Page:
The Australian economy has been heavily impacted by Covid-19, with the state of Victoria most disrupted due to recent lockdowns. Similar to the experience in other countries, the Australian economy contains a combination of significant winners and losers as well as a large number of corporates that have been negatively impacted by Covid-19, but not traumatically so.
Despite the relative success of the country in managing the virus so far, a large amount of government stimulus has been required to avoid a deep recession. From an economic perspective, as we saw in the financial crisis of the late 2000’s, largesse is often followed by an uptick in tax audits as the government of the day seeks to repair its battered balance sheet.
The Australian Taxation Office (ATO) is well funded, well-resourced and therefore well positioned to move into this next phase. There have been a number of tax and transfer pricing related legislative changes in recent years which, combined with a number of review programs already underway, are likely to generate significant tax revenues going forward.
One area in which the ATO regularly upstages its policy-making peers is by providing a substantial amount of guidance to taxpayers in the form of public rulings and guidance. These publications can generally be used by taxpayers either to obtain some level of certainty in respect of the ATO’s treatment of a particular situation, or as a risk assessment tool by which to self-assess the overall level of risk in respect of a transaction or arrangement.
The ATO also provides ample transparency with respect to its target areas by publishing data on ‘tax gaps’ (being the differences between the taxes that it expects should be paid as compared with the amounts that are actually paid), and these calculations help inform its compliance goals. Interestingly, in recent years the tax gap in respect of multinational enterprises has shrunk, and now individual taxes are the largest source of potential tax leakage in Australia.
The ATO also makes considerable effort to align with international best practice and guidance issued by the OECD through the published TP Guidelines and BEPS Actions 8-10. However, it is not immune to unilateral action, as described below.
Whilst making an effort to conform to OECD guidance, the ATO has no qualms in taking unilateral action to protect its revenue base. By way of example:
More recently, a new and expanded SGE definition has been introduced (August 2020 - SGE Definition) which has resulted in many more groups (particularly those headed by private equity, pension funds or wealthy individuals) becoming subject to these punitive penalties.
The ATO runs a number of compliance programs which are aimed at ensuring that groups operating in Australia pay the right amount of tax. For example, the ATO has recently completed the first round of their ‘Top 1,000’ program that was applied to Australia’s largest 1,000 corporate groups. Now, the ATO has commenced reviews of the ‘Top 500’ and ‘Next 5,000’ private groups. This will mean ATO engagement with thousands of taxpayers, as they roll out an approach similar to that adopted for corporate groups to assess the tax affairs of private groups and wealthy individuals.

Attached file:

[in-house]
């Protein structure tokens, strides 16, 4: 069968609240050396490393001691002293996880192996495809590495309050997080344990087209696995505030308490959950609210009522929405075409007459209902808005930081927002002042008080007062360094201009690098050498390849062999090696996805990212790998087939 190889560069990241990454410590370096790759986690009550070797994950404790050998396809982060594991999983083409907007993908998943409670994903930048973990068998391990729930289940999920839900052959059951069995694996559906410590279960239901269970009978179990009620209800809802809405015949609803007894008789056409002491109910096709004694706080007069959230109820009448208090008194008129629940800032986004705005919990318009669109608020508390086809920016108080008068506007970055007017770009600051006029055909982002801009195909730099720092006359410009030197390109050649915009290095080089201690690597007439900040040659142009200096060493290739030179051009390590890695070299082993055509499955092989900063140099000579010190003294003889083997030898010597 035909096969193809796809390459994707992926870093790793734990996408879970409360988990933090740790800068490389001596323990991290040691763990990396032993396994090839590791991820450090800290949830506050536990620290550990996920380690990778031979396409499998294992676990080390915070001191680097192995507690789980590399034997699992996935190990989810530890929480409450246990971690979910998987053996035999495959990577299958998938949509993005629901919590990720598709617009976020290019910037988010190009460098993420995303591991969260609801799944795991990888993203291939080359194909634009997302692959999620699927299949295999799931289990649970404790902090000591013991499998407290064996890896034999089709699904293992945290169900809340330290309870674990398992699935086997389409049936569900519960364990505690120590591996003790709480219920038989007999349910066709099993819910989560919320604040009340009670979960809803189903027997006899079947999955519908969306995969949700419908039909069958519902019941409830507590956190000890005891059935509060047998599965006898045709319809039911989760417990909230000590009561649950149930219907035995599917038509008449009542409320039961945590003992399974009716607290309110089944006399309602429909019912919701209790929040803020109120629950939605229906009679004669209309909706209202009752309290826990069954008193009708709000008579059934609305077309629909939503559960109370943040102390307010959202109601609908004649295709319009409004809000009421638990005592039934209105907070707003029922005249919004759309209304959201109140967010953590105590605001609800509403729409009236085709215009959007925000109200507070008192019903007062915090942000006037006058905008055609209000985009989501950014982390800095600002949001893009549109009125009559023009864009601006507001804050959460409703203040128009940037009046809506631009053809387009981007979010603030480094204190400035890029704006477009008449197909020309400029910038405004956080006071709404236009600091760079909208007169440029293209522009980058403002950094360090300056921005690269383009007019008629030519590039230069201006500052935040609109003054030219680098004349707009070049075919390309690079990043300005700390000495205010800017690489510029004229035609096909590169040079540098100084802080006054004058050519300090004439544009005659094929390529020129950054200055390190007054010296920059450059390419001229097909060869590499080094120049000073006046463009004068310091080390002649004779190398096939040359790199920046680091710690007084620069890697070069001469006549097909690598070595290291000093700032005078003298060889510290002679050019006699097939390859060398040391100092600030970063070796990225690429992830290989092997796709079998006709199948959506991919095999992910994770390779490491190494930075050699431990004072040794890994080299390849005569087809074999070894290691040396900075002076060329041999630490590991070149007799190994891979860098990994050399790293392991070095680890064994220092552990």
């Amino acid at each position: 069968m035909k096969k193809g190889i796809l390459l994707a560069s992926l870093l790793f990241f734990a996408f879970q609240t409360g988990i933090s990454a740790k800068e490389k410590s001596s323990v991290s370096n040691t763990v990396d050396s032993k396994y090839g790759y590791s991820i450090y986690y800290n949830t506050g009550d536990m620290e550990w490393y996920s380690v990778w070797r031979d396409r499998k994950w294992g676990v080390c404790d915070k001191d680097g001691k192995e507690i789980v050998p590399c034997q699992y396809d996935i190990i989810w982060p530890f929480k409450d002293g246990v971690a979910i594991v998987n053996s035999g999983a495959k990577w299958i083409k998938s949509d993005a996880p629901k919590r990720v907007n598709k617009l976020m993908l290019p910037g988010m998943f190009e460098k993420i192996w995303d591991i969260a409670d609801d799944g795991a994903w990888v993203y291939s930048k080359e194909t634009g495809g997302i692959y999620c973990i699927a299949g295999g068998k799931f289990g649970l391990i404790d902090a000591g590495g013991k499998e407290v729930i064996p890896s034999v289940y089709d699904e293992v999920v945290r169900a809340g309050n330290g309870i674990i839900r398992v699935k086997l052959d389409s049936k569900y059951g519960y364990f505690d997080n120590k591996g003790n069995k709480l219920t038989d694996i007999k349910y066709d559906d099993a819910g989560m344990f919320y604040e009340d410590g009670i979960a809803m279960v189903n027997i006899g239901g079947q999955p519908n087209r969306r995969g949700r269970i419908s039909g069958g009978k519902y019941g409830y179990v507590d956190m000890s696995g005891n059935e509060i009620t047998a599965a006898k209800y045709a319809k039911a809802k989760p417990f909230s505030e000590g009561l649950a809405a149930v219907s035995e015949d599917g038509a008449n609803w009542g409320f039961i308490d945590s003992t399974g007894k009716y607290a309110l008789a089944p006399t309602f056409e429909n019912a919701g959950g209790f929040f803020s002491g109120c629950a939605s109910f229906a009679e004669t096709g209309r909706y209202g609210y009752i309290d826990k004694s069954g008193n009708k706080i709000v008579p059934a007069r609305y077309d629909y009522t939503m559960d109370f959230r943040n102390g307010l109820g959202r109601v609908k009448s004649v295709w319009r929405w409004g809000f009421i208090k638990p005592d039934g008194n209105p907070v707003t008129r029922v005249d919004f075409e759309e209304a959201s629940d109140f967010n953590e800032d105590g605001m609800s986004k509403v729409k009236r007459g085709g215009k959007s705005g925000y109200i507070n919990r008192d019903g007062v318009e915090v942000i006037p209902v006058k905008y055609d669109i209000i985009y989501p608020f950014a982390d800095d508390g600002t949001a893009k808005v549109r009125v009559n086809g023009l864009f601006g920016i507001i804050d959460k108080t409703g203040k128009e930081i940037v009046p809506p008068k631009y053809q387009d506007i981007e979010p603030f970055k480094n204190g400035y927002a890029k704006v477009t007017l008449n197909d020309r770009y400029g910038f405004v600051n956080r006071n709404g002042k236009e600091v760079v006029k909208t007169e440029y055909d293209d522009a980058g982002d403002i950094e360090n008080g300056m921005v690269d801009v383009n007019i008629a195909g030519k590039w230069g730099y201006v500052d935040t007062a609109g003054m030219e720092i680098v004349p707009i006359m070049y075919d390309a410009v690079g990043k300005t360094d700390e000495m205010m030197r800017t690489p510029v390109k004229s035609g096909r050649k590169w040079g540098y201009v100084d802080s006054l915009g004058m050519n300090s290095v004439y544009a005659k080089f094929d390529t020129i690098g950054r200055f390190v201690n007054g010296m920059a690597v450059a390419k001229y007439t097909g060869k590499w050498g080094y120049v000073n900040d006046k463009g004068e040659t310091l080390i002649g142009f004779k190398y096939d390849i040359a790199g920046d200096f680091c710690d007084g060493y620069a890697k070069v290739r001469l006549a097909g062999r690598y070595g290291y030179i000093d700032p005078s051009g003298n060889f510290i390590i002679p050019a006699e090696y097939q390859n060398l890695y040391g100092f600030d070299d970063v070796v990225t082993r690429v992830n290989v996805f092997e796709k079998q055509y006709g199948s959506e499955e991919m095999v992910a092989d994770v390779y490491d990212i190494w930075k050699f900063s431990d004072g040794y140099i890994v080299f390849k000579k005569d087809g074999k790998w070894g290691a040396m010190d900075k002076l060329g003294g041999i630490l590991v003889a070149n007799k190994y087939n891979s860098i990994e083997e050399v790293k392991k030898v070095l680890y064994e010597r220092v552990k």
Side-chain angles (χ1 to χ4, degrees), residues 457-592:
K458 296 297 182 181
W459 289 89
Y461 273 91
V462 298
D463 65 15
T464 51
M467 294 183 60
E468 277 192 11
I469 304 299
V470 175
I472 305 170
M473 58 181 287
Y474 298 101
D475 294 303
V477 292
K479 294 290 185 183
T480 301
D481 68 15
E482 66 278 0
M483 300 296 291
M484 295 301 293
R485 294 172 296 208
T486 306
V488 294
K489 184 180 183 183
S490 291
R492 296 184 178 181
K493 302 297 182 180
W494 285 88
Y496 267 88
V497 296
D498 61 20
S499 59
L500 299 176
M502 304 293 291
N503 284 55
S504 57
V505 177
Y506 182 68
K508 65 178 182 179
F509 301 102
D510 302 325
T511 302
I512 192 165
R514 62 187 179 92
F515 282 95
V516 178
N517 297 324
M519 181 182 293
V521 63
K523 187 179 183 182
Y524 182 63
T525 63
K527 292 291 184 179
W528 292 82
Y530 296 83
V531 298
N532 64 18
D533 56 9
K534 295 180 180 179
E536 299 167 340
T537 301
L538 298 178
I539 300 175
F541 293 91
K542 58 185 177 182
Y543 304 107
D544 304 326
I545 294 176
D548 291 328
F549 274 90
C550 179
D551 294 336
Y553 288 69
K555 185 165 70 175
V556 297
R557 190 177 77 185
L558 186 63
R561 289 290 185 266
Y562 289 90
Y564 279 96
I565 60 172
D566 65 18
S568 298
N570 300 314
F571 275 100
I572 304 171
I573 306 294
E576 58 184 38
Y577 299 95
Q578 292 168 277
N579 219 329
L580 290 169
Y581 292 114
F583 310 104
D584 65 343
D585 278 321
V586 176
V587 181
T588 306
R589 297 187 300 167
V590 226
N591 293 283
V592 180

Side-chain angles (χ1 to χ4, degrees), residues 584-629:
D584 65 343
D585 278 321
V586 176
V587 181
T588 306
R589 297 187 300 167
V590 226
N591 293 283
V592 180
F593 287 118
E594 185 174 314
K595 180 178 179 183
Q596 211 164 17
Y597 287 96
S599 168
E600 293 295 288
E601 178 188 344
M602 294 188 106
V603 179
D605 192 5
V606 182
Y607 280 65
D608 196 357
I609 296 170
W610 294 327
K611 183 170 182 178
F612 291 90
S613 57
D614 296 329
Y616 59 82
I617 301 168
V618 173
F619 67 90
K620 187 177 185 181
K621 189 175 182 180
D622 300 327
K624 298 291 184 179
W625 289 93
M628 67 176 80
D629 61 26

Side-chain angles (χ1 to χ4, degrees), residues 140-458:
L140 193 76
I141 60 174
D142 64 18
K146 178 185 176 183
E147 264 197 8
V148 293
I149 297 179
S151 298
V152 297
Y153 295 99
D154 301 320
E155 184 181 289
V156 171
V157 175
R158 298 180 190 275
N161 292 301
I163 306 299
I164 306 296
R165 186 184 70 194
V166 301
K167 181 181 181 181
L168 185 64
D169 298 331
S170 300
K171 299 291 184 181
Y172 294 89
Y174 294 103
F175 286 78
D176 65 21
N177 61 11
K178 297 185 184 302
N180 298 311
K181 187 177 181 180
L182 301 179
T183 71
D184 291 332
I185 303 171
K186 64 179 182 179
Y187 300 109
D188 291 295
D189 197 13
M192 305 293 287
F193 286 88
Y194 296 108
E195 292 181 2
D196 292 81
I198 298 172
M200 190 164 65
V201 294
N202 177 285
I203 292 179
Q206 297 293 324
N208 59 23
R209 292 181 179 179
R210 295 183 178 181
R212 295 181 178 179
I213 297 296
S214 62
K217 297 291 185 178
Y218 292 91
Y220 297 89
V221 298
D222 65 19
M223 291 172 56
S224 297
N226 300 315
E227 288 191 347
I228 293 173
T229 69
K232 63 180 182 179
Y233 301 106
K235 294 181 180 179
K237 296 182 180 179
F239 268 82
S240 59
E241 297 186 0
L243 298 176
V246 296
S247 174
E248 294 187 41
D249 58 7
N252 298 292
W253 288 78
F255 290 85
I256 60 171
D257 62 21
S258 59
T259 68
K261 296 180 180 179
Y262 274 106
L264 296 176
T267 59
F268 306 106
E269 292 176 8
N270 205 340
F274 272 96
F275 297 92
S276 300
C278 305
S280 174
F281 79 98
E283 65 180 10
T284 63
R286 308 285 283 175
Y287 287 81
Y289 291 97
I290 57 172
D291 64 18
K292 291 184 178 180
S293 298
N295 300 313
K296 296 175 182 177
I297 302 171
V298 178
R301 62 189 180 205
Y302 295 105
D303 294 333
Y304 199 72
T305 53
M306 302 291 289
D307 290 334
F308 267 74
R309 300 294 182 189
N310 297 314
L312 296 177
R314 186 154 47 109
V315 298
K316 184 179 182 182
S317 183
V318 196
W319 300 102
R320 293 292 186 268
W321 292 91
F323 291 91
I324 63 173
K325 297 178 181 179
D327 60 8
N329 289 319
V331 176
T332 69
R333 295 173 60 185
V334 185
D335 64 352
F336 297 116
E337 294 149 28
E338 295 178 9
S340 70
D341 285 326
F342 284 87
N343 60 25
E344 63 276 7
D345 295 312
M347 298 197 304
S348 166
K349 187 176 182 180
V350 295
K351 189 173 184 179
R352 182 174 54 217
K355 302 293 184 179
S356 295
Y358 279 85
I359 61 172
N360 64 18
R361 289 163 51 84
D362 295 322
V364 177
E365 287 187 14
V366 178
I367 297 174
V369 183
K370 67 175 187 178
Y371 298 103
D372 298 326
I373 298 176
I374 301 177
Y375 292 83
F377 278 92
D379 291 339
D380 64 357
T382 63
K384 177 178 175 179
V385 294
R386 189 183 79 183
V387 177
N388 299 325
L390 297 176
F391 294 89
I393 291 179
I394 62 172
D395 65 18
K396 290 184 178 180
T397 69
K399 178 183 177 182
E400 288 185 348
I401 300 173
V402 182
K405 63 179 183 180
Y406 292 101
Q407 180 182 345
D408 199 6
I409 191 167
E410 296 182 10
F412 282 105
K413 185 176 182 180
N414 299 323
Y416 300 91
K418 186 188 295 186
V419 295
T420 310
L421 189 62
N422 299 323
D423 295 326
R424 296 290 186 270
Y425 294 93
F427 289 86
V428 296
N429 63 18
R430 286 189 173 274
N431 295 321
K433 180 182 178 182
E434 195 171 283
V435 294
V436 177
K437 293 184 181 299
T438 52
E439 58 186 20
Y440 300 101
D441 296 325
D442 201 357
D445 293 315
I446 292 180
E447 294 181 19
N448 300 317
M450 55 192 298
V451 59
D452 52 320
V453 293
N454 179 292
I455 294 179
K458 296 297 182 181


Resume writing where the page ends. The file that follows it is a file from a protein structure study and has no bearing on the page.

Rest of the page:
The ATO’s sophistication and expertise is also reflected through some significant wins in local court cases, for example the Chevron case changed the landscape for intra group financing.
These programs and initiatives demand resources and accordingly the Australian government has increased the ATO’s resources significantly in the form of a ‘Tax Avoidance Taskforce’ to ensure sufficient coverage, manpower and expertise. This investment has generated a significant ROI, with over AUD 13.9 billion of tax liabilities collected between July 2016 and 2019, a return that most corporates could only dream of in the current economy!
Taxpayers who do business in Australia, whether SGEs or not, should be prepared to deal with a sophisticated and demanding tax authority that places significant emphasis on good governance, processes and controls. While Australia typically only forms a small component of a multinational group’s overall value chain, local conditions typically mean that doing business in Australia requires a high level of compliance with tax and transfer pricing related obligations.
Taxpayers are therefore strongly encouraged to prepare and maintain robust analysis and evidence to support the positions that are adopted by the group. Compiling information contemporaneously as decisions are made in quick response to unfolding commercial events, will best position corporates to defend their positions in the likely event of a tax authority review of COVID-19 related tax years in the future.
To stay up-to-date with key transfer pricing trends, issues and insights from Australia, read BDO’s Transfer Pricing Alerts or visit our Transfer Pricing services page. For further information, contact your local office.